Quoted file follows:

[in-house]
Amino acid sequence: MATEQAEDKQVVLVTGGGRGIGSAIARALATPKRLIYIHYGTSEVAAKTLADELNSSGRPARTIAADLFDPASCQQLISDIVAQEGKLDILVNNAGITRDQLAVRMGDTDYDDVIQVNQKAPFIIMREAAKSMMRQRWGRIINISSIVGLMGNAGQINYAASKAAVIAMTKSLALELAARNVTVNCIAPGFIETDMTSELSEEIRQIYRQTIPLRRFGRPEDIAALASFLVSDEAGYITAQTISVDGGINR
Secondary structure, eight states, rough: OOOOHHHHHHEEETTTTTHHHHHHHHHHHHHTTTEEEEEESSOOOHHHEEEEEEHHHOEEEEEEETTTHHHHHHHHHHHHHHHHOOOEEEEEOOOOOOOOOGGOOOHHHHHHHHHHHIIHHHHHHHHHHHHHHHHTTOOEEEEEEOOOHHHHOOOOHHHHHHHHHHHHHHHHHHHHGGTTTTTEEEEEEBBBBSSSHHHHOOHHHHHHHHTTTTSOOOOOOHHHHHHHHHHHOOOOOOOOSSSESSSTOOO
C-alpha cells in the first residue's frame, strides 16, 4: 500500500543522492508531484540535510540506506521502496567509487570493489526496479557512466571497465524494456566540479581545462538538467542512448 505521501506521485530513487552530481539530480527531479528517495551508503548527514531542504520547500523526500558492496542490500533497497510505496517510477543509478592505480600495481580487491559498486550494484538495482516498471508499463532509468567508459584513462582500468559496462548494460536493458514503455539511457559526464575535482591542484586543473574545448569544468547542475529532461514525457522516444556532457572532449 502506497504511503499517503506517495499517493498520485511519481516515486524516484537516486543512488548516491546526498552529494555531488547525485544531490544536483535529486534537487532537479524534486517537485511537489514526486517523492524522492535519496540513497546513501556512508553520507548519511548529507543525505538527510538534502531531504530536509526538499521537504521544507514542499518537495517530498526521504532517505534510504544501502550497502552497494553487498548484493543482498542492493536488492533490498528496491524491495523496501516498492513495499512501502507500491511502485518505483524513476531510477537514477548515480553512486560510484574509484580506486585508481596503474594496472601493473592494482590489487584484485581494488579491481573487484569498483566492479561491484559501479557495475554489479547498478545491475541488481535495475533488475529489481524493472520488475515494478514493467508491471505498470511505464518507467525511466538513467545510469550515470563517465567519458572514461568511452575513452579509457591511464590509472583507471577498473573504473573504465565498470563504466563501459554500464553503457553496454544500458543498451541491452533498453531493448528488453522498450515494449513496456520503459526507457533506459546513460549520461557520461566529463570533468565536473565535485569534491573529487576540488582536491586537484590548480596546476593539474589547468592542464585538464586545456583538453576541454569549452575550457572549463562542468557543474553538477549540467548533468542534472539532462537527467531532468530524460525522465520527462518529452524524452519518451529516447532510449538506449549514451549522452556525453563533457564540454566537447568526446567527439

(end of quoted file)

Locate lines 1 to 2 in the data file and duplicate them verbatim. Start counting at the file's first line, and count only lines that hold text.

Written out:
[in-house]
Amino acid sequence: MATEQAEDKQVVLVTGGGRGIGSAIARALATPKRLIYIHYGTSEVAAKTLADELNSSGRPARTIAADLFDPASCQQLISDIVAQEGKLDILVNNAGITRDQLAVRMGDTDYDDVIQVNQKAPFIIMREAAKSMMRQRWGRIINISSIVGLMGNAGQINYAASKAAVIAMTKSLALELAARNVTVNCIAPGFIETDMTSELSEEIRQIYRQTIPLRRFGRPEDIAALASFLVSDEAGYITAQTISVDGGINR